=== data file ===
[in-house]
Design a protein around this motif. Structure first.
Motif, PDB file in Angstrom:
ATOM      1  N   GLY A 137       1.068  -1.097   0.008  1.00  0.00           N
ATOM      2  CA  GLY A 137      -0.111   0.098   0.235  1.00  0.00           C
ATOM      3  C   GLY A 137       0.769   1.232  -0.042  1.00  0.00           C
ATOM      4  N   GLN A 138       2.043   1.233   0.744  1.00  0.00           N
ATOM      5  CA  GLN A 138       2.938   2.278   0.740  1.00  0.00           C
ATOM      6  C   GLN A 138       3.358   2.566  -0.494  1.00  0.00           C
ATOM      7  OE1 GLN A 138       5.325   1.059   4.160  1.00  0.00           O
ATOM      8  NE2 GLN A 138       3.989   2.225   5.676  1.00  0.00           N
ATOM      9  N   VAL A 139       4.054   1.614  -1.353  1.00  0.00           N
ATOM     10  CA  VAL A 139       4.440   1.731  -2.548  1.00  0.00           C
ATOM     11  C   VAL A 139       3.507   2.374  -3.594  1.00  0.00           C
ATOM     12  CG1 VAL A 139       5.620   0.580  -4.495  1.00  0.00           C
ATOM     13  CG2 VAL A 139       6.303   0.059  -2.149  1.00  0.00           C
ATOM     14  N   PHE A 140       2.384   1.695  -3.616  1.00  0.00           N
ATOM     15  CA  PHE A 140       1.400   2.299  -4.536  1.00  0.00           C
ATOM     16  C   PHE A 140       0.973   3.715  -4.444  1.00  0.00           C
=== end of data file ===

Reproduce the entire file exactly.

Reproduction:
[in-house]
Design a protein around this motif. Structure first.
Motif, PDB file in Angstrom:
ATOM      1  N   GLY A 137       1.068  -1.097   0.008  1.00  0.00           N
ATOM      2  CA  GLY A 137      -0.111   0.098   0.235  1.00  0.00           C
ATOM      3  C   GLY A 137       0.769   1.232  -0.042  1.00  0.00           C
ATOM      4  N   GLN A 138       2.043   1.233   0.744  1.00  0.00           N
ATOM      5  CA  GLN A 138       2.938   2.278   0.740  1.00  0.00           C
ATOM      6  C   GLN A 138       3.358   2.566  -0.494  1.00  0.00           C
ATOM      7  OE1 GLN A 138       5.325   1.059   4.160  1.00  0.00           O
ATOM      8  NE2 GLN A 138       3.989   2.225   5.676  1.00  0.00           N
ATOM      9  N   VAL A 139       4.054   1.614  -1.353  1.00  0.00           N
ATOM     10  CA  VAL A 139       4.440   1.731  -2.548  1.00  0.00           C
ATOM     11  C   VAL A 139       3.507   2.374  -3.594  1.00  0.00           C
ATOM     12  CG1 VAL A 139       5.620   0.580  -4.495  1.00  0.00           C
ATOM     13  CG2 VAL A 139       6.303   0.059  -2.149  1.00  0.00           C
ATOM     14  N   PHE A 140       2.384   1.695  -3.616  1.00  0.00           N
ATOM     15  CA  PHE A 140       1.400   2.299  -4.536  1.00  0.00           C
ATOM     16  C   PHE A 140       0.973   3.715  -4.444  1.00  0.00           C